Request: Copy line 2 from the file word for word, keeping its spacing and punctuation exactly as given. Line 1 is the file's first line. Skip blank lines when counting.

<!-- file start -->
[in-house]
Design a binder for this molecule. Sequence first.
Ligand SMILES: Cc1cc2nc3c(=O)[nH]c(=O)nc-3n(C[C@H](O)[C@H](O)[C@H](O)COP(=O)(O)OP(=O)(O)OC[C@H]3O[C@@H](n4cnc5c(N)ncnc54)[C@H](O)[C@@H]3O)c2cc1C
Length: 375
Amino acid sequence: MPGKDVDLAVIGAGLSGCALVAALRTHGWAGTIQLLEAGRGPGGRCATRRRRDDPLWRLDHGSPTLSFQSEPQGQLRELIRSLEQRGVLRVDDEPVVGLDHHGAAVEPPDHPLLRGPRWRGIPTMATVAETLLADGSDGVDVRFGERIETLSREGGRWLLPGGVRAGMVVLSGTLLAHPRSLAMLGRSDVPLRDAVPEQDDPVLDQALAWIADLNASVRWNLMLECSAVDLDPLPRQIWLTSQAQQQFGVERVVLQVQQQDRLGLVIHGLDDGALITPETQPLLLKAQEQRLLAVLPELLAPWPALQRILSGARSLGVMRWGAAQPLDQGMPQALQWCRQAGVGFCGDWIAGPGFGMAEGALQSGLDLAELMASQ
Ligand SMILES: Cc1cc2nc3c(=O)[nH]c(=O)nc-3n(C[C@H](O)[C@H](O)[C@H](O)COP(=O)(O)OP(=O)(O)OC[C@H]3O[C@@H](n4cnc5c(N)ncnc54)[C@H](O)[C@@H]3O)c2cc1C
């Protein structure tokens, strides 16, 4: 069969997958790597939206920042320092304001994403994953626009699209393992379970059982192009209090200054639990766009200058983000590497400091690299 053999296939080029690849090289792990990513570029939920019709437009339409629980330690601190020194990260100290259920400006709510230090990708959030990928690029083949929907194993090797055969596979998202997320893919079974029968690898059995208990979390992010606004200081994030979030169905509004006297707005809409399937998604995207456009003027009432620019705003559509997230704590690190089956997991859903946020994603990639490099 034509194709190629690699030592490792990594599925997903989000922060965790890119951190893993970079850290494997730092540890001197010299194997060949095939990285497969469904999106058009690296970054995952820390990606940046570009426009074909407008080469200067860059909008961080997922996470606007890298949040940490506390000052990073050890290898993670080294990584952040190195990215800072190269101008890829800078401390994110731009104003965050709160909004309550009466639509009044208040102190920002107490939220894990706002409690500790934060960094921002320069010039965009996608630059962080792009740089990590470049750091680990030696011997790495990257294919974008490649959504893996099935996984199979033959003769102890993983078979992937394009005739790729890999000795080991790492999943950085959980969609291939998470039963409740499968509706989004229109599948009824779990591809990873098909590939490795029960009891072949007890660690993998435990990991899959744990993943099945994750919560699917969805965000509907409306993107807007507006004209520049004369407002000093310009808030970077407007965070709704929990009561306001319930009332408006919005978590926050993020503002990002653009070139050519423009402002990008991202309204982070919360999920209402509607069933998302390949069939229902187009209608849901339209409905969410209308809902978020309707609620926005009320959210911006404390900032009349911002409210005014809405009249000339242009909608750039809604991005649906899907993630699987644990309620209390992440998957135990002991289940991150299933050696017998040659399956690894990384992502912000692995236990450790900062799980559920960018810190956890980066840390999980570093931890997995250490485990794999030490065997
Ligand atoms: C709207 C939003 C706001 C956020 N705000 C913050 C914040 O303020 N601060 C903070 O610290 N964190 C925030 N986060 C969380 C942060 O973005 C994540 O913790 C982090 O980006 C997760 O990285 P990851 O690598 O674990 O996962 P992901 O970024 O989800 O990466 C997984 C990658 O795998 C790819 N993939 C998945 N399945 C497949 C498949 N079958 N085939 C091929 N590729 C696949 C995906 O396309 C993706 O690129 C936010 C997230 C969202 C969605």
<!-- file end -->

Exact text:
Design a binder for this molecule. Sequence first.